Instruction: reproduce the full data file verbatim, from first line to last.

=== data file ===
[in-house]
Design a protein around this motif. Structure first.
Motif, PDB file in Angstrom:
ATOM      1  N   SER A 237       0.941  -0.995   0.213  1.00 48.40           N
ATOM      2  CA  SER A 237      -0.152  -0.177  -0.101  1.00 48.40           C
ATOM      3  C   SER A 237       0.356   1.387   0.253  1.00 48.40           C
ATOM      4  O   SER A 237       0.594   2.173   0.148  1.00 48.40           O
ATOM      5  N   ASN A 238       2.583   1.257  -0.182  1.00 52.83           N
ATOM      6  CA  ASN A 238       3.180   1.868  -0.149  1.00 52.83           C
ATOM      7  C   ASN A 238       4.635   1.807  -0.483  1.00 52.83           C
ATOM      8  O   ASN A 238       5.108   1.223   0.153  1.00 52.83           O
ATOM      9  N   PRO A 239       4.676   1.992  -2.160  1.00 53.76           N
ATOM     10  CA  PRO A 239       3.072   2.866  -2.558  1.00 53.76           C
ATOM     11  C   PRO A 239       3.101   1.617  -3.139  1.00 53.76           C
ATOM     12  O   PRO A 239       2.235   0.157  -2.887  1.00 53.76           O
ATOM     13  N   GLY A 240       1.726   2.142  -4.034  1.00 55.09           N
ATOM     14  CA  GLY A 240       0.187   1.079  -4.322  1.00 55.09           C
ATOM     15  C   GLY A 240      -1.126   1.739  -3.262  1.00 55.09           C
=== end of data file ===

[in-house]
Design a protein around this motif. Structure first.
Motif, PDB file in Angstrom:
ATOM      1  N   SER A 237       0.941  -0.995   0.213  1.00 48.40           N
ATOM      2  CA  SER A 237      -0.152  -0.177  -0.101  1.00 48.40           C
ATOM      3  C   SER A 237       0.356   1.387   0.253  1.00 48.40           C
ATOM      4  O   SER A 237       0.594   2.173   0.148  1.00 48.40           O
ATOM      5  N   ASN A 238       2.583   1.257  -0.182  1.00 52.83           N
ATOM      6  CA  ASN A 238       3.180   1.868  -0.149  1.00 52.83           C
ATOM      7  C   ASN A 238       4.635   1.807  -0.483  1.00 52.83           C
ATOM      8  O   ASN A 238       5.108   1.223   0.153  1.00 52.83           O
ATOM      9  N   PRO A 239       4.676   1.992  -2.160  1.00 53.76           N
ATOM     10  CA  PRO A 239       3.072   2.866  -2.558  1.00 53.76           C
ATOM     11  C   PRO A 239       3.101   1.617  -3.139  1.00 53.76           C
ATOM     12  O   PRO A 239       2.235   0.157  -2.887  1.00 53.76           O
ATOM     13  N   GLY A 240       1.726   2.142  -4.034  1.00 55.09           N
ATOM     14  CA  GLY A 240       0.187   1.079  -4.322  1.00 55.09           C
ATOM     15  C   GLY A 240      -1.126   1.739  -3.262  1.00 55.09           C